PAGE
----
Research Results for the Public

The previous entry was based on a news story published on the Betterhumans website. The article includes a link to the study abstract published in the New England Journal of Medicine. Unfortunately, if you want to read the full text of the study, you need to be a subscriber. Subscriptions start at $49 a year and up, or you can register and wait six months when all current articles are available to registered members.

The New England Journal of Medicine’s subscription rates are relatively cheap compared to other journals out there that can go for $1000 per year or more. If you are a student at a college or university, the library might have already paid for an institution subscription, but they won’t have everything. Unfortunately, for the general public there is just no easy way to get access to such research, except vicariously if the media reports on specific research.

There is an attempt to remedy this situation. The Public Library of Science offers their PLOS Biology journal for free on the Internet, or you can pay a small fee to cover printing charges if you want a print version. I hope this trend catches on. Publication fees should be included in the grant proposals made by scientists, or should be covered by the institution they work for. This way, all scientific research can be available for free to the general public over the Internet. Our tax money is used to fund such research, but more importantly, the human species as a whole deserves full access to all human knowledge.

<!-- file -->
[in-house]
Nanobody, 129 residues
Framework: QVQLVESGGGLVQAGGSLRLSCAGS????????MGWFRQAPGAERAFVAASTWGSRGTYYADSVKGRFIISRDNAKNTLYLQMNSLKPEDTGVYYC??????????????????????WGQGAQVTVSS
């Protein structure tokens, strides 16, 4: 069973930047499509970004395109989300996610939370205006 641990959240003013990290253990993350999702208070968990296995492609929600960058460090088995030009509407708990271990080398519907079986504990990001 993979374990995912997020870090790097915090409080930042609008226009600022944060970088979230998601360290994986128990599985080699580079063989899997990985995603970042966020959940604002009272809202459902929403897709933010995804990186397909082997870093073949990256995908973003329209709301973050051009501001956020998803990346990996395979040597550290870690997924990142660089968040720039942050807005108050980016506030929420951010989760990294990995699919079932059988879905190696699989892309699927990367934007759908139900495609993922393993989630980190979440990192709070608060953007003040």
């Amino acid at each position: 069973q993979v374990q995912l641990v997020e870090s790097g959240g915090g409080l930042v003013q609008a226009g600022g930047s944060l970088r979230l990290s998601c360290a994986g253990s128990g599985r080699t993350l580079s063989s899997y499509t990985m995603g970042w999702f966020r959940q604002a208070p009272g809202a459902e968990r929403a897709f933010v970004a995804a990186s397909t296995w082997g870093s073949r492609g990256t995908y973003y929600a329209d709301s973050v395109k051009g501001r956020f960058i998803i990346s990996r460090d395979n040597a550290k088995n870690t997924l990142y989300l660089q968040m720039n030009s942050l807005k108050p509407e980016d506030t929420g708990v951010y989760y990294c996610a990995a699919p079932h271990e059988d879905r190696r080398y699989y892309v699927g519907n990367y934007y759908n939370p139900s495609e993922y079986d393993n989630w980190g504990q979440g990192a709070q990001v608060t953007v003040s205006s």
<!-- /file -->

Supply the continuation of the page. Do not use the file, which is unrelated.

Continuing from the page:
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Richard Leis

Richard Leis is a writer and poet. His first published poem, "Roadside Freak Show," arrives on August 21, 2017 in Impossible Archetype.  His essays about fairy tales and technology have been published on Tiny Donkey. Richard is also the Downlink Lead for the High Resolution Imaging Science Experiment (HiRISE) team at the University of Arizona. He monitors images of the Martian surface taken by the HiRISE camera located on board the Mars Reconnaissance Orbiter in orbit around Mars and helps ensure they process successfully and are validated for quick release to the science community and public. Once upon a time, Richard wrote and edited the science and technology news and commentary website Frontier Channel, hosted the RADIO Frontier Channel podcast, and organized transhumanist clubs. Follow Richard on his website (richardleis.com), on Goodreads (richardleis), Twitter (@richardleisjr), and Facebook (richardleisjr).